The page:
(Yes, this is a bit of a commercial.) Auditions are underway for one of my very favorite things: the First Choristers are a growing group of auditioned singers, from grade 4 through grade 8, who commit to a weekly rehearsal, and then sing alongside adults in concert. The music they sing is not “children’s choir” music, but full-blown choral music – providing the soprano part for the great works of music we prepare for the December Lessons and Carols Festival at church and, next year, a new Spring concert event. The benefits of this rehearsal and performance time are huge: Along with the music itself, kids get the opportunity to learn how to work together as a team, basics of choral singing and music reading, and how music is such a critical part of our spiritual self. I’m excited that we already have a number of new children auditioning for this fall season.
In addition to the children’s aspect of our programs, we have offered adults an opportunity to sing with the choir for these special events. Over the past two years, we have built a core of singers from outside the church membership that have joined with us for Lessons and Carols. Once again, our upcoming events are open to anyone Grade 9 through adults, by audition. Teamwork, commitment, and glorious music sung in praise are all hallmarks of singing for these concerts, and any choir member can tell you that the fun and community we share in our rehearsal time is something you’ll find you can’t live without! Detailed info can be found at www.musicatfirst.org.
Yesterday we celebrated the end of a truly great choir season at church with a party at the home of two beloved choir members. The choir is “family” in so many different ways. In fact, in some cases we see each other more than our “real” extended family, and share in more of life’s ups and downs than even the closest in our lives. We get to make music together, which requires great trust in each other. Music is not just a technical thing, but emotional as well, so we also need to feel safe in sharing that in a group setting. When it works (and in this choir it does!), the result is an amazing group of people, first, and the secondary benefit of awesome music-making.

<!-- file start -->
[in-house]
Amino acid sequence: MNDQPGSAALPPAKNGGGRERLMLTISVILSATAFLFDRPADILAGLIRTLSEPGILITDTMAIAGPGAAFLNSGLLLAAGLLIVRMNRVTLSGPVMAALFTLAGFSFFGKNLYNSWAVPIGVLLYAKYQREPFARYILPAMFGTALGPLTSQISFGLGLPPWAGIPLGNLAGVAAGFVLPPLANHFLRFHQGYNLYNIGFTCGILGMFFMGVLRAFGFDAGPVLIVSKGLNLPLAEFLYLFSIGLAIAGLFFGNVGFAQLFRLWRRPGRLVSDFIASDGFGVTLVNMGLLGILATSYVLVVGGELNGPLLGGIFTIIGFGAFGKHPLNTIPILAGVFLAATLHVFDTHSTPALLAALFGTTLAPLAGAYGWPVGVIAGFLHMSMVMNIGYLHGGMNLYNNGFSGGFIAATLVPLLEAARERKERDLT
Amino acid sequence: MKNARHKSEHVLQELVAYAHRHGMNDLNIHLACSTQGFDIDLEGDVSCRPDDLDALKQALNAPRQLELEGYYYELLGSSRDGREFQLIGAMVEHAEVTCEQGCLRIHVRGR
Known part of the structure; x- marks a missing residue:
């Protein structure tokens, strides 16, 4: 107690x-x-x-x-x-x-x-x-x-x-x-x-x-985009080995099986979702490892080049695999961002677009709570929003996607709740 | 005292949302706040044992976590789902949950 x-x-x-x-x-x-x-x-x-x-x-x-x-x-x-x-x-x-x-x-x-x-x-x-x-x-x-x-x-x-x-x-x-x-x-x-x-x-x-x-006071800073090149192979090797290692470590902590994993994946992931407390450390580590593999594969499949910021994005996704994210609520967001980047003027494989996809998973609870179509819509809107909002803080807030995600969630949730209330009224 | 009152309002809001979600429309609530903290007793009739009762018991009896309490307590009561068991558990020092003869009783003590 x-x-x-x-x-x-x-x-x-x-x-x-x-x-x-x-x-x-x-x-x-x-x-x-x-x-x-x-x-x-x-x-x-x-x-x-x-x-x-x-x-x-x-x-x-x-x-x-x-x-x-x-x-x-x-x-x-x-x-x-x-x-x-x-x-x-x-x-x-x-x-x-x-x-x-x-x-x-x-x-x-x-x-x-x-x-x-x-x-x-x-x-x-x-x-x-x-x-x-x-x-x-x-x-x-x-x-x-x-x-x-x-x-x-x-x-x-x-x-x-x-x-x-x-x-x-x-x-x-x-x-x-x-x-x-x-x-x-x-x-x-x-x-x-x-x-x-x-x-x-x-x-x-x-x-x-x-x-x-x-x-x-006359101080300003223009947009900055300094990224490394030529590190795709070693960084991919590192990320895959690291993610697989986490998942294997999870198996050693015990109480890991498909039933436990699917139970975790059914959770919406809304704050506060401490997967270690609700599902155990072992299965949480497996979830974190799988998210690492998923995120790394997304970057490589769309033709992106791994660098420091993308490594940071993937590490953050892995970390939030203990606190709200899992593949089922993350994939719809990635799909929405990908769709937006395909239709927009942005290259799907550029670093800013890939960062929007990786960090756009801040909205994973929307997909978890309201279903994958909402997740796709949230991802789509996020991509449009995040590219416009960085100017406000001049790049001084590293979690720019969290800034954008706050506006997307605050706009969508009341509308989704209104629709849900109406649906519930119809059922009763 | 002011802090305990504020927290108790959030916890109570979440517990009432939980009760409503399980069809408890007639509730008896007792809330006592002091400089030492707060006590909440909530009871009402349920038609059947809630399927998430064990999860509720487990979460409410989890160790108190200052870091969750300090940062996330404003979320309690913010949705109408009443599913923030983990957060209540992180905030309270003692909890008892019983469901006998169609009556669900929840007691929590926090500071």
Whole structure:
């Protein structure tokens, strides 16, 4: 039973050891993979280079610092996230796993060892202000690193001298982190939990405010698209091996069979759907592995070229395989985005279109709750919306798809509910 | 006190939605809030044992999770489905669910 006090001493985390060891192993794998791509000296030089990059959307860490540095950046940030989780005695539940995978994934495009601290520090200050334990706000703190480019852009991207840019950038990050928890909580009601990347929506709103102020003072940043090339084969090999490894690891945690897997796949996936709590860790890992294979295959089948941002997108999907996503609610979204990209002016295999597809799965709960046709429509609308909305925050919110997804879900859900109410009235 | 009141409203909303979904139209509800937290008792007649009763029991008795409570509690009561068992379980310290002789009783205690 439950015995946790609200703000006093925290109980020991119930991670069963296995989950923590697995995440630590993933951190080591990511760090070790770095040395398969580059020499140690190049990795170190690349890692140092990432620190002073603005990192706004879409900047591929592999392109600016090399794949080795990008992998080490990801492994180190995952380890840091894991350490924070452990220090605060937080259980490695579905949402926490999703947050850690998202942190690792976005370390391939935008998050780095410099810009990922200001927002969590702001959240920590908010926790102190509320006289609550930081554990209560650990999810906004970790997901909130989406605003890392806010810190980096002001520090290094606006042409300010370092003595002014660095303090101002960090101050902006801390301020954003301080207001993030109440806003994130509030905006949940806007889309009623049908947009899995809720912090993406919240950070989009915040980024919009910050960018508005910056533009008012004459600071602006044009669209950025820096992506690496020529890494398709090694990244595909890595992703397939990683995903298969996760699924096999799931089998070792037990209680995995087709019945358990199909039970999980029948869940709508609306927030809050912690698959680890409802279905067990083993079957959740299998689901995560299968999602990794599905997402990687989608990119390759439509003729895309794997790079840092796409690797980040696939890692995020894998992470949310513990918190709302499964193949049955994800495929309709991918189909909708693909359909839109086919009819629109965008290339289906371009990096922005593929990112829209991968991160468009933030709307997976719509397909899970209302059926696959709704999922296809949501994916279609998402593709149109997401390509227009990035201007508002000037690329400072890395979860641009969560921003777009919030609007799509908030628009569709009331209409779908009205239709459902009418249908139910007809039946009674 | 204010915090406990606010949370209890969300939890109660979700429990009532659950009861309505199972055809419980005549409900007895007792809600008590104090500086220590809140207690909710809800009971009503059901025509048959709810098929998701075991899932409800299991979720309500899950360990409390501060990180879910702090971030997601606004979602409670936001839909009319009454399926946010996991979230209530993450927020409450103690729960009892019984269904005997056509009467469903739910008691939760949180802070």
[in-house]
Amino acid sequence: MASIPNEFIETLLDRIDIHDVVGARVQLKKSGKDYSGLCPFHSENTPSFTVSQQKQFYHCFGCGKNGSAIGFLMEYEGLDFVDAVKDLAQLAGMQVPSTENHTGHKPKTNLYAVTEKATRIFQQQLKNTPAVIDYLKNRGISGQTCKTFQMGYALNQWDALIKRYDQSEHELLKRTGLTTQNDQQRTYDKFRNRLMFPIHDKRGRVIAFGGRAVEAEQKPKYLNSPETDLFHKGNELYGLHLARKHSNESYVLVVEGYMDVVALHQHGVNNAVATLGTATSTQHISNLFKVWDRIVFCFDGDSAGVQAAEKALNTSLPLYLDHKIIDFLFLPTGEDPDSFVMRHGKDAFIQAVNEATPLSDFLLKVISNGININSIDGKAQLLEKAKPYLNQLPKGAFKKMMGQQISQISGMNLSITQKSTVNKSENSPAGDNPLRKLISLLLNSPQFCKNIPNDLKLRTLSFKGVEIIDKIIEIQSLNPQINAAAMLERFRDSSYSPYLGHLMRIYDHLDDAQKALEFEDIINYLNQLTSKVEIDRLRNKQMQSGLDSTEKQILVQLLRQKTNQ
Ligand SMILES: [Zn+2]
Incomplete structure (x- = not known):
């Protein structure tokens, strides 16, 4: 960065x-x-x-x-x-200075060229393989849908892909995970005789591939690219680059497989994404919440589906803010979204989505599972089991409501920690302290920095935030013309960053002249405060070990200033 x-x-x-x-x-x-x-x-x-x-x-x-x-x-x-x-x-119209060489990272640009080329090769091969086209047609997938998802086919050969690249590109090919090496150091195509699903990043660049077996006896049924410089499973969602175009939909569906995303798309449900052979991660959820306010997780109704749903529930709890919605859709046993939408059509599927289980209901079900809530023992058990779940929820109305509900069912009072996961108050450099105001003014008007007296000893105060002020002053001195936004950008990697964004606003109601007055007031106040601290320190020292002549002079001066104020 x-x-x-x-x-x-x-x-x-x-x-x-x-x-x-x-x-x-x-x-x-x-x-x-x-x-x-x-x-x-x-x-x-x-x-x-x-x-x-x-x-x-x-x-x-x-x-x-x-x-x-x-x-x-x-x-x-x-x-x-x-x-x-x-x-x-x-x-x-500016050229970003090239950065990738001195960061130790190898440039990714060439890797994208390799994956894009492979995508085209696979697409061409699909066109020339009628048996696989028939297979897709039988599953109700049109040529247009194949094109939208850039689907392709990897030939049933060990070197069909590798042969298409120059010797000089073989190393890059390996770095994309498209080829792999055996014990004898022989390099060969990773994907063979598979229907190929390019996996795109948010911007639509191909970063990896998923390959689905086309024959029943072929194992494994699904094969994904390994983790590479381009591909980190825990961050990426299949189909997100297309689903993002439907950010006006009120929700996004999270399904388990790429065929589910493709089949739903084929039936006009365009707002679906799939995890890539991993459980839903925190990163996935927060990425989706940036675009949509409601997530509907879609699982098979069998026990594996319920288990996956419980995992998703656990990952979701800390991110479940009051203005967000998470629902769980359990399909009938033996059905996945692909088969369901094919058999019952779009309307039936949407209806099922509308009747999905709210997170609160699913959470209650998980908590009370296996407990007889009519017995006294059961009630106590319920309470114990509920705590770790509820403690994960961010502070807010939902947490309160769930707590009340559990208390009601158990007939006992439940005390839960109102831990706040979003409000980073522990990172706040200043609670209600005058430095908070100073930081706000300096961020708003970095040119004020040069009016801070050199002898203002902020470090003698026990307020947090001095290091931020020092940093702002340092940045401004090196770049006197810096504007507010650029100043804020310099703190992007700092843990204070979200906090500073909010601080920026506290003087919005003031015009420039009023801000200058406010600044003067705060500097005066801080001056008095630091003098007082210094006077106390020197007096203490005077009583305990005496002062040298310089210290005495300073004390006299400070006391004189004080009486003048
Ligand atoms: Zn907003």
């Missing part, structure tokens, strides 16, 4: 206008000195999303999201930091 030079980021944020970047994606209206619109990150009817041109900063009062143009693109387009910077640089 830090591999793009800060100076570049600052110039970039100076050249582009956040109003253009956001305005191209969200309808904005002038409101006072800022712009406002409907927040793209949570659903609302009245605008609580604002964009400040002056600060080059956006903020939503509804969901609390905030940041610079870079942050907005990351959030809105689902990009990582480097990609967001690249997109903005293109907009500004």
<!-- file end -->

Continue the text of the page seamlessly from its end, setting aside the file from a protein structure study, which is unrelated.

So, it is with some sadness that we take a break for the summer. It’s like we’re taking an extended vacation: Yes, it’s fun and necessary, but I’ll sure be glad to be back “home” in the fall!
Yesterday, I took advantage of the beautiful day and drove up to Worcester to meet two friends who are part of my relatively new journey of music creation. I had lunch with my concert manager, who, aside from gently pushing me for quite awhile to write this blog, offers great help and advice about promoting music that is close to my soul.
Then, I spent the afternoon practicing and composing at another friend’s house: his Steinway piano is featured on my current recordings, and will be heard on the collection of my music that will be produced this summer. Aside from the all-important quiet space that visiting there provides, we are able to talk and share knowledge about the technical aspects of recording, performing, and composing. (Things like: how can I release the dampers without there being a “hiccup” noise in the recording?, or why does this particular piano’s design make reaching some intervals more difficult?) Then, I can play again with new perspective.
The challenge becomes to take all that is heard and shared and “file it away” — trusting that the mind pulls out that info subconsciously when needed. I’ve found that the best recorded music happens when the musician can be free to express what’s in the soul without worry.
There is an ever-growing circle of “musical advisors” that constantly help me: these friends, my talented wife, the folks who make music with me regularly (both by singing and listening). The source of music itself is in equal parts confusing and beautiful, and I am grateful that is not up to me alone to figure it out!
First Church Choir - Palm Sunday 2010
Last night, my wonderful church choir rehearsed for the final time this season. Despite a slow start (I know for me it was tough finding the energy to sit in a room for an hour and a half when it was so gorgeous outside!), some hard work was done, some beautiful and exciting music was made, and we even attained some new heights in our general ability to find more meaning in the music.
To me, the weekly rehearsal is a more powerful community experience even than what we do on Sunday morning: the voices raise together as one, and even though we are preparing to sing “in public”, we are singing just for each other – a safe circle of friends. Summertime is a necessary and welcome break from the planning and scheduling, but I will miss that time together each week.
It has been said that singing is the single best thing you can do to take care of yourself and improve your life (see this study conducted last year by Chorus America). I have seen that in action and have been part of it; it is truly humbling to lead such an important yet intangible part of life!